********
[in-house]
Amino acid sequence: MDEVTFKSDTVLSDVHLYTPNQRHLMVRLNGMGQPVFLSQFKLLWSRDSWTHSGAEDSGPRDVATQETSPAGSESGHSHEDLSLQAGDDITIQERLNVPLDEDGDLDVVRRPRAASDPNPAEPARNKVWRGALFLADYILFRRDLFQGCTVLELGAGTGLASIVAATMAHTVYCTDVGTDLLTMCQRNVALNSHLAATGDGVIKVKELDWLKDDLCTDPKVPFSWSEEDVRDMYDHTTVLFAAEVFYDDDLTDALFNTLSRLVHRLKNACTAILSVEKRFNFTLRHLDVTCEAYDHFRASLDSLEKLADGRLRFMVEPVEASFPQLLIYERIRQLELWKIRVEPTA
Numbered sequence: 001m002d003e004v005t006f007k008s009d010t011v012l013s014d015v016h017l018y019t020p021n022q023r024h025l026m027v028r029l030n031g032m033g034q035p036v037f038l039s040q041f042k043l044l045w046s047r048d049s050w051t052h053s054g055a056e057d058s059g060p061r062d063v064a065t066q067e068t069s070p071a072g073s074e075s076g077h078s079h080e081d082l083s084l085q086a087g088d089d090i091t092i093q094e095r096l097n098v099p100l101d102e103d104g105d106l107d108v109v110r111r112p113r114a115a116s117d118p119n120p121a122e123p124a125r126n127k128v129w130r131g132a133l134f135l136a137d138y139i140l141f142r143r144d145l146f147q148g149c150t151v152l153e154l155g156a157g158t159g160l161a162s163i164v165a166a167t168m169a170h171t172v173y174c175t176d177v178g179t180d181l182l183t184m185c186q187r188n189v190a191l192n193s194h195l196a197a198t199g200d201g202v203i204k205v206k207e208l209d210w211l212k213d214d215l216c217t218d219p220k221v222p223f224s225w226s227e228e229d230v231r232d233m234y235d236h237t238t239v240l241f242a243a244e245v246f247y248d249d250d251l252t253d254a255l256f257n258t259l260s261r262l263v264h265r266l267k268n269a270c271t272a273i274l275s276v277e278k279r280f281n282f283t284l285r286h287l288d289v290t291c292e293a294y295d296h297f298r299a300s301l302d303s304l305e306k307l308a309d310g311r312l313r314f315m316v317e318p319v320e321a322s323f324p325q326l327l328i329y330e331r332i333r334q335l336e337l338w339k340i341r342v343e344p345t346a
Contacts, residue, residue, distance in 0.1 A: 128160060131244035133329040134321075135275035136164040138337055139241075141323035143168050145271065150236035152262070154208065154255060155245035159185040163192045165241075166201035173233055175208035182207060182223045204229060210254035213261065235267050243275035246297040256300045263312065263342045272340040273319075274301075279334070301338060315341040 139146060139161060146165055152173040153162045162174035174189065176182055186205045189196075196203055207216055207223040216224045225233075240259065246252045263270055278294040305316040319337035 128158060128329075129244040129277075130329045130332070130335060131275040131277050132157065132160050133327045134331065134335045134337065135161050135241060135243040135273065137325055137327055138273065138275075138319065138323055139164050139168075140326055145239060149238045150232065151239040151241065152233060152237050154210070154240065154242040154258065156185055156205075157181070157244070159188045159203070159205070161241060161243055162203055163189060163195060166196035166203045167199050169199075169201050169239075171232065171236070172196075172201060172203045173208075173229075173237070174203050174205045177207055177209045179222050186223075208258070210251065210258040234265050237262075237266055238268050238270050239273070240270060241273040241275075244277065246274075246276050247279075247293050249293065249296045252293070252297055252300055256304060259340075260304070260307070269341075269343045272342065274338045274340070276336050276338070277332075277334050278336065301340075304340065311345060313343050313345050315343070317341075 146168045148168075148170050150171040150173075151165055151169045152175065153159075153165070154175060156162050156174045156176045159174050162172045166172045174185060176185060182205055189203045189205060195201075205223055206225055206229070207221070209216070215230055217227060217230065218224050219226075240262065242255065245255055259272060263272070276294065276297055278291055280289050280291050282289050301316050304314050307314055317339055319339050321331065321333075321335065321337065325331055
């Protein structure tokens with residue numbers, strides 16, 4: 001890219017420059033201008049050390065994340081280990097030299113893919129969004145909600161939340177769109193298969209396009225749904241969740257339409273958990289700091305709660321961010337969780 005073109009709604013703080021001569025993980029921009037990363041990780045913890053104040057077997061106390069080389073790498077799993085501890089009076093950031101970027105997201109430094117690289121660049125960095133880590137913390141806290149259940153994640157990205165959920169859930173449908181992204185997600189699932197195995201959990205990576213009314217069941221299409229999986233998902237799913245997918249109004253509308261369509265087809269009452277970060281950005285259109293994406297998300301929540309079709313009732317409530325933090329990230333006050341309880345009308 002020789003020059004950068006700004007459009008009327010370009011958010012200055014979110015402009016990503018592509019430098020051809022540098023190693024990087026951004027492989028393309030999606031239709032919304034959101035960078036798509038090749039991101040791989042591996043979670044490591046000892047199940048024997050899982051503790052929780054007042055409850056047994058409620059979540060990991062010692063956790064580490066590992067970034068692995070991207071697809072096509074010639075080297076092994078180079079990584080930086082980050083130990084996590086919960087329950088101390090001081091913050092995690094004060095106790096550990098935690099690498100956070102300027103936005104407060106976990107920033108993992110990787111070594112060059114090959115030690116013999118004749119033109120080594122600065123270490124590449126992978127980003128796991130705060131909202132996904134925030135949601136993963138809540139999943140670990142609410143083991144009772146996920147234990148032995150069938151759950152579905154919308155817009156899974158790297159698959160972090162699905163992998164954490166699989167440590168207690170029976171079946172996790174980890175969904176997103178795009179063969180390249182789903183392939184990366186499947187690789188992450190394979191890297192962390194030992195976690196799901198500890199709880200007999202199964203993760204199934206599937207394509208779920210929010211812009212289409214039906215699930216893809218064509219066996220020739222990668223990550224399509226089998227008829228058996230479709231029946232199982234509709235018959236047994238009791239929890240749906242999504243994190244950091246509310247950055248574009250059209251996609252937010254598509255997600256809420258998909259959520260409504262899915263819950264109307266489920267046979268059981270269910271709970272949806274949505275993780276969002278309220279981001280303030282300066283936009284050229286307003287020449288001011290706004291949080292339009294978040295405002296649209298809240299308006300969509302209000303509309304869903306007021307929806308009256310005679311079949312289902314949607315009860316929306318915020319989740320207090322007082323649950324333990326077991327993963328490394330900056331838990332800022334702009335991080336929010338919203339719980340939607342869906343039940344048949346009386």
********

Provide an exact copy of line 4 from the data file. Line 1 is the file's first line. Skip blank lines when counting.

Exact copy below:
Contacts, residue, residue, distance in 0.1 A: 128160060131244035133329040134321075135275035136164040138337055139241075141323035143168050145271065150236035152262070154208065154255060155245035159185040163192045165241075166201035173233055175208035182207060182223045204229060210254035213261065235267050243275035246297040256300045263312065263342045272340040273319075274301075279334070301338060315341040 139146060139161060146165055152173040153162045162174035174189065176182055186205045189196075196203055207216055207223040216224045225233075240259065246252045263270055278294040305316040319337035 128158060128329075129244040129277075130329045130332070130335060131275040131277050132157065132160050133327045134331065134335045134337065135161050135241060135243040135273065137325055137327055138273065138275075138319065138323055139164050139168075140326055145239060149238045150232065151239040151241065152233060152237050154210070154240065154242040154258065156185055156205075157181070157244070159188045159203070159205070161241060161243055162203055163189060163195060166196035166203045167199050169199075169201050169239075171232065171236070172196075172201060172203045173208075173229075173237070174203050174205045177207055177209045179222050186223075208258070210251065210258040234265050237262075237266055238268050238270050239273070240270060241273040241275075244277065246274075246276050247279075247293050249293065249296045252293070252297055252300055256304060259340075260304070260307070269341075269343045272342065274338045274340070276336050276338070277332075277334050278336065301340075304340065311345060313343050313345050315343070317341075 146168045148168075148170050150171040150173075151165055151169045152175065153159075153165070154175060156162050156174045156176045159174050162172045166172045174185060176185060182205055189203045189205060195201075205223055206225055206229070207221070209216070215230055217227060217230065218224050219226075240262065242255065245255055259272060263272070276294065276297055278291055280289050280291050282289050301316050304314050307314055317339055319339050321331065321333075321335065321337065325331055